MMC Bariatrics Guidelines NEW
Richard Flowerdew, August 2009

Introduction Emergence / Post-Op Management
Pre-Op Evaluation Pain Management
Anesthetic Management  
   
Periop Lap Banding Pathway (pdf) Periop Gastric Bypass Pathway (pdf)

Introduction

Patients undergoing bariatric surgery present certain challenges, both  physiological and mechanical. Each of these challenges may require specific medical management protocols in addition to conventional anesthetic management to optimize the patient's surgical and medical outcome. 

These protocols are limited to the factors unique to this group of patients. It will not include factors common to all anesthesia care.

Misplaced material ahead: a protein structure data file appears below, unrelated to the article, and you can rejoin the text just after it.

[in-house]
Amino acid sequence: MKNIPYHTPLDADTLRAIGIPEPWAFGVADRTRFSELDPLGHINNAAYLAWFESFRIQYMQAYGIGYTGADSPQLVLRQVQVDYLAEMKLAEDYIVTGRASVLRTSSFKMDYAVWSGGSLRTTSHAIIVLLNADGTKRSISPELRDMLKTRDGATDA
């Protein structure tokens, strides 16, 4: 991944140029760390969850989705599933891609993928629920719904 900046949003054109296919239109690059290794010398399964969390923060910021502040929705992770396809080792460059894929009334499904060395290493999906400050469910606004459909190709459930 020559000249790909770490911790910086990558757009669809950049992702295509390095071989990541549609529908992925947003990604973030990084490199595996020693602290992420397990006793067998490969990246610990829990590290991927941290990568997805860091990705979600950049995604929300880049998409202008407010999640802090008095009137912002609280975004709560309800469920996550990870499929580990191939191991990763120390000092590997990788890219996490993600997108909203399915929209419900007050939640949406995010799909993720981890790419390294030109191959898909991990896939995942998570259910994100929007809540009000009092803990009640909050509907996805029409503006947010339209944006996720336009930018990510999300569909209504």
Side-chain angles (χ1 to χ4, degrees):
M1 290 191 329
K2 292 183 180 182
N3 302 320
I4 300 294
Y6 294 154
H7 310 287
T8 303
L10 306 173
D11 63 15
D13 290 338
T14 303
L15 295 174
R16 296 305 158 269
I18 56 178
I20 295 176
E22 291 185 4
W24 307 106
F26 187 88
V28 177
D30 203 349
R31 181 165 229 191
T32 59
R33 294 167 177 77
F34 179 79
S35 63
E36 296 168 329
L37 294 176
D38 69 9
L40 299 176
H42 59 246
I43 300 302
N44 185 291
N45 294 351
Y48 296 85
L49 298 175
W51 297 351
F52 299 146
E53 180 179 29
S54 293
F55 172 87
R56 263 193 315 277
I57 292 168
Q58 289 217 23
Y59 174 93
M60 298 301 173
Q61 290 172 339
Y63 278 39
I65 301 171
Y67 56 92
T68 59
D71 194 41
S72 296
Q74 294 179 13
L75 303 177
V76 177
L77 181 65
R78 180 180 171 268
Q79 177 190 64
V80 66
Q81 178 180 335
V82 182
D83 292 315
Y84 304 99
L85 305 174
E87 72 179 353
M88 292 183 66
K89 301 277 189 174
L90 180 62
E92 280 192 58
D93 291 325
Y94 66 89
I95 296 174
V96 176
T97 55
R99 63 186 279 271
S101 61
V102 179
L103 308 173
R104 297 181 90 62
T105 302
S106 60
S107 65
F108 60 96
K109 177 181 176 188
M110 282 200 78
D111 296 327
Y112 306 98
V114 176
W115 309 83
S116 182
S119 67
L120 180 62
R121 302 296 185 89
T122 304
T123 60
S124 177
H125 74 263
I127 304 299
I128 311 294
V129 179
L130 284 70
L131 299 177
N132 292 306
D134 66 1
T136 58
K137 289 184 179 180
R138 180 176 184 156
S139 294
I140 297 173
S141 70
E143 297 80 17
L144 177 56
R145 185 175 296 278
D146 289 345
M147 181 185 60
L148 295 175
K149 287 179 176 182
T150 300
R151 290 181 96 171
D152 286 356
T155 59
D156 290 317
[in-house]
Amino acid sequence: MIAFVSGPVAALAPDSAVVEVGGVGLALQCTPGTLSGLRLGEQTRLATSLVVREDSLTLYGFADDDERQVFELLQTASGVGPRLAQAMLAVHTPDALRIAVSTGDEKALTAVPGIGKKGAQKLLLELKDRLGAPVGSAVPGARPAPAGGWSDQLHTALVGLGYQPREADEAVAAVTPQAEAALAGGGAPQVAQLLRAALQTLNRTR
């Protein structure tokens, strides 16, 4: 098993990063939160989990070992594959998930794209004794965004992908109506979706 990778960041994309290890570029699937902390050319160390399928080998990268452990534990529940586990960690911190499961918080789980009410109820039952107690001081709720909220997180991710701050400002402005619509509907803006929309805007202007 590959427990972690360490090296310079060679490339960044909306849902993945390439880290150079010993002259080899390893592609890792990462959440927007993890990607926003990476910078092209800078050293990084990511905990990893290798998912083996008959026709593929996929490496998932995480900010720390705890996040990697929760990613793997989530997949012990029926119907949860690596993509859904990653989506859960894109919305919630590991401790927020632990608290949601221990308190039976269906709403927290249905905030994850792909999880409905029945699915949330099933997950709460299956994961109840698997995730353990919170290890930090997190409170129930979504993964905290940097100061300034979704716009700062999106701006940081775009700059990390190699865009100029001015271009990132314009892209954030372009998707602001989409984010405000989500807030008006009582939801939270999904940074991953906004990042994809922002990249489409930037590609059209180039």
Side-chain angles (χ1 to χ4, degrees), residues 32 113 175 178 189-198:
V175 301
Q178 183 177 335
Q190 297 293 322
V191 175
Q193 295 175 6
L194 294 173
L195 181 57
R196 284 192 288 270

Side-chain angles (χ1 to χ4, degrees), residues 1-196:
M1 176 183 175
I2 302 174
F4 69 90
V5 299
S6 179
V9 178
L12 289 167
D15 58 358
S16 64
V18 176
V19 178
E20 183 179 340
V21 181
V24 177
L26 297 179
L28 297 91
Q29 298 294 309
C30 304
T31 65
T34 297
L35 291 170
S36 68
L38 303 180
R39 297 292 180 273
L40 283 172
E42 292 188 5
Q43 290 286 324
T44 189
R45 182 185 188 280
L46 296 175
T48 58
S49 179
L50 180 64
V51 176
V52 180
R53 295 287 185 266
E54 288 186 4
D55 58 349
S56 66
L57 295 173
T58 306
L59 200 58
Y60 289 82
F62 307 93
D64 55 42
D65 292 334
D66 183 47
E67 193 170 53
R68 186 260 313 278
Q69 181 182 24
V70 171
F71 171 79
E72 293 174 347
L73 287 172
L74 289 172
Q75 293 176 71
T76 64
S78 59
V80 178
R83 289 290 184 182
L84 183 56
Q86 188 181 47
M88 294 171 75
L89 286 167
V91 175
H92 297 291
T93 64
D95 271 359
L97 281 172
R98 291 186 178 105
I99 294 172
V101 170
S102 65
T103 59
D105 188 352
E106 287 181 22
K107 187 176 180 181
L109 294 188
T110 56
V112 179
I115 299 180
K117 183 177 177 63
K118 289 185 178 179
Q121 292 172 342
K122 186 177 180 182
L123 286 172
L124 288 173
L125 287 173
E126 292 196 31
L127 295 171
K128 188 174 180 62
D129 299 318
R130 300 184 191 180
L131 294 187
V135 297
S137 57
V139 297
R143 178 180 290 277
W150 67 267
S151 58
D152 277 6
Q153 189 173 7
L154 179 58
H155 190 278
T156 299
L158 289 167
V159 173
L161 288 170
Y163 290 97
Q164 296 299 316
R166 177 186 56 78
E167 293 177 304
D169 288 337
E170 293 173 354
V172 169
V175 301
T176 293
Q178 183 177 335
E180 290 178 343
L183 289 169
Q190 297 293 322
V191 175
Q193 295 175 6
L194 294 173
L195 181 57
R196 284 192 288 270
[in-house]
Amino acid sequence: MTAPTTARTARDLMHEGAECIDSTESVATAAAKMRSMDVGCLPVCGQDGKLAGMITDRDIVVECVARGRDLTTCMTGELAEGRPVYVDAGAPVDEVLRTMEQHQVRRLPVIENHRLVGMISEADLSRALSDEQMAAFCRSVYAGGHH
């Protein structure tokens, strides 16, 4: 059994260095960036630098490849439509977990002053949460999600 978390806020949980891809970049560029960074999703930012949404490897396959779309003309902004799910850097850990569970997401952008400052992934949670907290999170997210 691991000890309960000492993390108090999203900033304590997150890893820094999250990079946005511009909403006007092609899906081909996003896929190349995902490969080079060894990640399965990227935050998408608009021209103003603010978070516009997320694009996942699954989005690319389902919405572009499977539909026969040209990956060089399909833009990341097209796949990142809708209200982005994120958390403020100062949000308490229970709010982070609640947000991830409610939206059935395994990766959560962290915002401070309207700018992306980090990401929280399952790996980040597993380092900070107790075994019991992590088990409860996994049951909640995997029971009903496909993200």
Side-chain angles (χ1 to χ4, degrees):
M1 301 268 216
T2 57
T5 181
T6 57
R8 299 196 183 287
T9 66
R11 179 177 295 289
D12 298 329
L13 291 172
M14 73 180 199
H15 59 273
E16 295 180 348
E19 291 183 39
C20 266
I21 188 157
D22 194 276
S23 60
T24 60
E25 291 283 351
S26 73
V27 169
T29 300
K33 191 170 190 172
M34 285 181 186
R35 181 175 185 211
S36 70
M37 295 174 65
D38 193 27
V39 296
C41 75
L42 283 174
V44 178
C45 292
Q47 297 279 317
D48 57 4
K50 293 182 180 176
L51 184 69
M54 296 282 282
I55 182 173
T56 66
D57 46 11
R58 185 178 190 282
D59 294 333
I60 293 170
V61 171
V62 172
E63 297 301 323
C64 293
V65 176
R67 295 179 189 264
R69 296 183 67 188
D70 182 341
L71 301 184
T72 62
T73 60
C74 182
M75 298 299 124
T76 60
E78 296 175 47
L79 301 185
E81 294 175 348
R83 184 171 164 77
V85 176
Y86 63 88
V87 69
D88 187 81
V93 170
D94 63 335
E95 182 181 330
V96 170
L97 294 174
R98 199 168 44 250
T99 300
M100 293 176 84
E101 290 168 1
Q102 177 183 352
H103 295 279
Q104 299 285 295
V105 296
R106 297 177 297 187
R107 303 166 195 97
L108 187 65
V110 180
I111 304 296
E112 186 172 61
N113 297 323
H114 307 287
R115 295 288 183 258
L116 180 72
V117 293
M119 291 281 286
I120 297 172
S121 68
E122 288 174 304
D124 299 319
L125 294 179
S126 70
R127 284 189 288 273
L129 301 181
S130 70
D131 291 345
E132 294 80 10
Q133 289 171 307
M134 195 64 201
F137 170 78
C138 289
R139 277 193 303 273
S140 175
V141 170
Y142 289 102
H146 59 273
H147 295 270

Obesity-Related Physiological Changes

Patients who present for bariatric surgery frequently have several obesity-related co-morbidities, including:

1. Diabetes
2. Sleep Apnea
3. Obesity Hypoventilation Syndrome
4. Hypertension
5. Congestive heart failure
6. Deep vein thrombosis
7. Pulmonary embolism

Mechanical Issues

The bariatric patient may also have several medical/management issues related to the mechanical effects of obesity including:

1. Transfer to and from the OR table
2. Securing the upper limbs
3. Airway management
4. Ventilation and airway pressures
5. Reverse Trendelberg position
   a. Securing the patient to the OR table
   b. Hypotension
6. Post operative comfort [large bed, lifting devices etc.]
7. OR table weight maximum limits